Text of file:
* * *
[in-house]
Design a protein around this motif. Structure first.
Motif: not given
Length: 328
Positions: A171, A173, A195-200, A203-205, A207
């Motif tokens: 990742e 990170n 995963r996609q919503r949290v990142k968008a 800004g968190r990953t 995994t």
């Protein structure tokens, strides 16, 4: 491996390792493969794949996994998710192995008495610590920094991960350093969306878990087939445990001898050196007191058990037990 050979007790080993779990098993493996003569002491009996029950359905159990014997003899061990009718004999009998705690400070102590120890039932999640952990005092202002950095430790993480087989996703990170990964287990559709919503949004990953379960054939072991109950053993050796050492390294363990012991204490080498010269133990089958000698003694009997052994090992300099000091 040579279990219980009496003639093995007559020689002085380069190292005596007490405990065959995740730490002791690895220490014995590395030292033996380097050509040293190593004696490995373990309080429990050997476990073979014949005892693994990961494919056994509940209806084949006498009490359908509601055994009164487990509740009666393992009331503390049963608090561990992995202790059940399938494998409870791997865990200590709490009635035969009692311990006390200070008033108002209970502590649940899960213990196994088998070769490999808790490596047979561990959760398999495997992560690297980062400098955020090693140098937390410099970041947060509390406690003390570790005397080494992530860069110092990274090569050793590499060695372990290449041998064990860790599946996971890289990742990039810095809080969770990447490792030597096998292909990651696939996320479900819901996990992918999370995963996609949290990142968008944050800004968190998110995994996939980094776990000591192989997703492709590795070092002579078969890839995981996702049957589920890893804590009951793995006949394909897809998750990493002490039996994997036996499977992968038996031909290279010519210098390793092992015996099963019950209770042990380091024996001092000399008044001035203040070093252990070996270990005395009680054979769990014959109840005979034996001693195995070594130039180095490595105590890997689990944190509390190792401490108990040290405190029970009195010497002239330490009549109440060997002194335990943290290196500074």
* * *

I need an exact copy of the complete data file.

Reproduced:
[in-house]
Design a protein around this motif. Structure first.
Motif: not given
Length: 328
Positions: A171, A173, A195-200, A203-205, A207
């Motif tokens: 990742e 990170n 995963r996609q919503r949290v990142k968008a 800004g968190r990953t 995994t």
């Protein structure tokens, strides 16, 4: 491996390792493969794949996994998710192995008495610590920094991960350093969306878990087939445990001898050196007191058990037990 050979007790080993779990098993493996003569002491009996029950359905159990014997003899061990009718004999009998705690400070102590120890039932999640952990005092202002950095430790993480087989996703990170990964287990559709919503949004990953379960054939072991109950053993050796050492390294363990012991204490080498010269133990089958000698003694009997052994090992300099000091 040579279990219980009496003639093995007559020689002085380069190292005596007490405990065959995740730490002791690895220490014995590395030292033996380097050509040293190593004696490995373990309080429990050997476990073979014949005892693994990961494919056994509940209806084949006498009490359908509601055994009164487990509740009666393992009331503390049963608090561990992995202790059940399938494998409870791997865990200590709490009635035969009692311990006390200070008033108002209970502590649940899960213990196994088998070769490999808790490596047979561990959760398999495997992560690297980062400098955020090693140098937390410099970041947060509390406690003390570790005397080494992530860069110092990274090569050793590499060695372990290449041998064990860790599946996971890289990742990039810095809080969770990447490792030597096998292909990651696939996320479900819901996990992918999370995963996609949290990142968008944050800004968190998110995994996939980094776990000591192989997703492709590795070092002579078969890839995981996702049957589920890893804590009951793995006949394909897809998750990493002490039996994997036996499977992968038996031909290279010519210098390793092992015996099963019950209770042990380091024996001092000399008044001035203040070093252990070996270990005395009680054979769990014959109840005979034996001693195995070594130039180095490595105590890997689990944190509390190792401490108990040290405190029970009195010497002239330490009549109440060997002194335990943290290196500074």